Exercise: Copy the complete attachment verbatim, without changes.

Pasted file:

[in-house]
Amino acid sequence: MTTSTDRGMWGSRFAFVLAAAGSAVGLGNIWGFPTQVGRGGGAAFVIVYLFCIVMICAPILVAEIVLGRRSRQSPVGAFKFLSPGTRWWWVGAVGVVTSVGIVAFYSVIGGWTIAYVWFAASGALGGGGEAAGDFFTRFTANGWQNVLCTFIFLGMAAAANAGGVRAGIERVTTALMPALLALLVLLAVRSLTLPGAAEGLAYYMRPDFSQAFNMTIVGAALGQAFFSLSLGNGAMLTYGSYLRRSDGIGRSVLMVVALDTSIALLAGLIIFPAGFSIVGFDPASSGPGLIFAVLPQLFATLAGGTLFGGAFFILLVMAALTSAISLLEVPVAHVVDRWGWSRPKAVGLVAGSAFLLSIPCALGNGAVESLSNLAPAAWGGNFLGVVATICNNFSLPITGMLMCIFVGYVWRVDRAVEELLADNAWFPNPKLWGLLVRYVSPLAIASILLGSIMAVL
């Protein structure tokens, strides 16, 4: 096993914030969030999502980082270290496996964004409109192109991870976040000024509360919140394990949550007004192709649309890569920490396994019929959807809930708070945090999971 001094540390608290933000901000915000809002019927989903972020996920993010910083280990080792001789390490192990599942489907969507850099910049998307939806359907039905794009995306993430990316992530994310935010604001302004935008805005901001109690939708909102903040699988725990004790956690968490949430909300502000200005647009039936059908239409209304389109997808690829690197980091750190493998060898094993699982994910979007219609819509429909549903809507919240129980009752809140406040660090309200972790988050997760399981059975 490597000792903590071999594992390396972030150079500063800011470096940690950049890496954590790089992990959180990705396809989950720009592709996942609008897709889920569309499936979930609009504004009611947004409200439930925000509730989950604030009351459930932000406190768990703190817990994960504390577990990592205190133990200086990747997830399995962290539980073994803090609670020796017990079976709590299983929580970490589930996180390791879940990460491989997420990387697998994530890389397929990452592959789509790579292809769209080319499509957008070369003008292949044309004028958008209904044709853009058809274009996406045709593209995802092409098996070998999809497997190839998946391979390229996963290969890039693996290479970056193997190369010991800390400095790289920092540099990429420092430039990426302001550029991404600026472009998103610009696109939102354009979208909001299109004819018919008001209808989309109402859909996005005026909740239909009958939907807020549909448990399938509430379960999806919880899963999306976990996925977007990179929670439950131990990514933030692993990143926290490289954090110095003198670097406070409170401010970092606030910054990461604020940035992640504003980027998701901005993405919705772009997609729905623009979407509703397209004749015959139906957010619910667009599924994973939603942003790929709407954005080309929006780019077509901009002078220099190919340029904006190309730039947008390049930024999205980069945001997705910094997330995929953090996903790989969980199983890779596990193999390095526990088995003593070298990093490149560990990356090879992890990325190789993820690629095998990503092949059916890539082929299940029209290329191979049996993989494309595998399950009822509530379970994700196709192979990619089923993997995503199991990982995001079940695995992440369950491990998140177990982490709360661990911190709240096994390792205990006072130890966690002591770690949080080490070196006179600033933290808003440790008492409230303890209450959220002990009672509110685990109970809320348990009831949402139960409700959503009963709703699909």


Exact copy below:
[in-house]
Amino acid sequence: MTTSTDRGMWGSRFAFVLAAAGSAVGLGNIWGFPTQVGRGGGAAFVIVYLFCIVMICAPILVAEIVLGRRSRQSPVGAFKFLSPGTRWWWVGAVGVVTSVGIVAFYSVIGGWTIAYVWFAASGALGGGGEAAGDFFTRFTANGWQNVLCTFIFLGMAAAANAGGVRAGIERVTTALMPALLALLVLLAVRSLTLPGAAEGLAYYMRPDFSQAFNMTIVGAALGQAFFSLSLGNGAMLTYGSYLRRSDGIGRSVLMVVALDTSIALLAGLIIFPAGFSIVGFDPASSGPGLIFAVLPQLFATLAGGTLFGGAFFILLVMAALTSAISLLEVPVAHVVDRWGWSRPKAVGLVAGSAFLLSIPCALGNGAVESLSNLAPAAWGGNFLGVVATICNNFSLPITGMLMCIFVGYVWRVDRAVEELLADNAWFPNPKLWGLLVRYVSPLAIASILLGSIMAVL
């Protein structure tokens, strides 16, 4: 096993914030969030999502980082270290496996964004409109192109991870976040000024509360919140394990949550007004192709649309890569920490396994019929959807809930708070945090999971 001094540390608290933000901000915000809002019927989903972020996920993010910083280990080792001789390490192990599942489907969507850099910049998307939806359907039905794009995306993430990316992530994310935010604001302004935008805005901001109690939708909102903040699988725990004790956690968490949430909300502000200005647009039936059908239409209304389109997808690829690197980091750190493998060898094993699982994910979007219609819509429909549903809507919240129980009752809140406040660090309200972790988050997760399981059975 490597000792903590071999594992390396972030150079500063800011470096940690950049890496954590790089992990959180990705396809989950720009592709996942609008897709889920569309499936979930609009504004009611947004409200439930925000509730989950604030009351459930932000406190768990703190817990994960504390577990990592205190133990200086990747997830399995962290539980073994803090609670020796017990079976709590299983929580970490589930996180390791879940990460491989997420990387697998994530890389397929990452592959789509790579292809769209080319499509957008070369003008292949044309004028958008209904044709853009058809274009996406045709593209995802092409098996070998999809497997190839998946391979390229996963290969890039693996290479970056193997190369010991800390400095790289920092540099990429420092430039990426302001550029991404600026472009998103610009696109939102354009979208909001299109004819018919008001209808989309109402859909996005005026909740239909009958939907807020549909448990399938509430379960999806919880899963999306976990996925977007990179929670439950131990990514933030692993990143926290490289954090110095003198670097406070409170401010970092606030910054990461604020940035992640504003980027998701901005993405919705772009997609729905623009979407509703397209004749015959139906957010619910667009599924994973939603942003790929709407954005080309929006780019077509901009002078220099190919340029904006190309730039947008390049930024999205980069945001997705910094997330995929953090996903790989969980199983890779596990193999390095526990088995003593070298990093490149560990990356090879992890990325190789993820690629095998990503092949059916890539082929299940029209290329191979049996993989494309595998399950009822509530379970994700196709192979990619089923993997995503199991990982995001079940695995992440369950491990998140177990982490709360661990911190709240096994390792205990006072130890966690002591770690949080080490070196006179600033933290808003440790008492409230303890209450959220002990009672509110685990109970809320348990009831949402139960409700959503009963709703699909």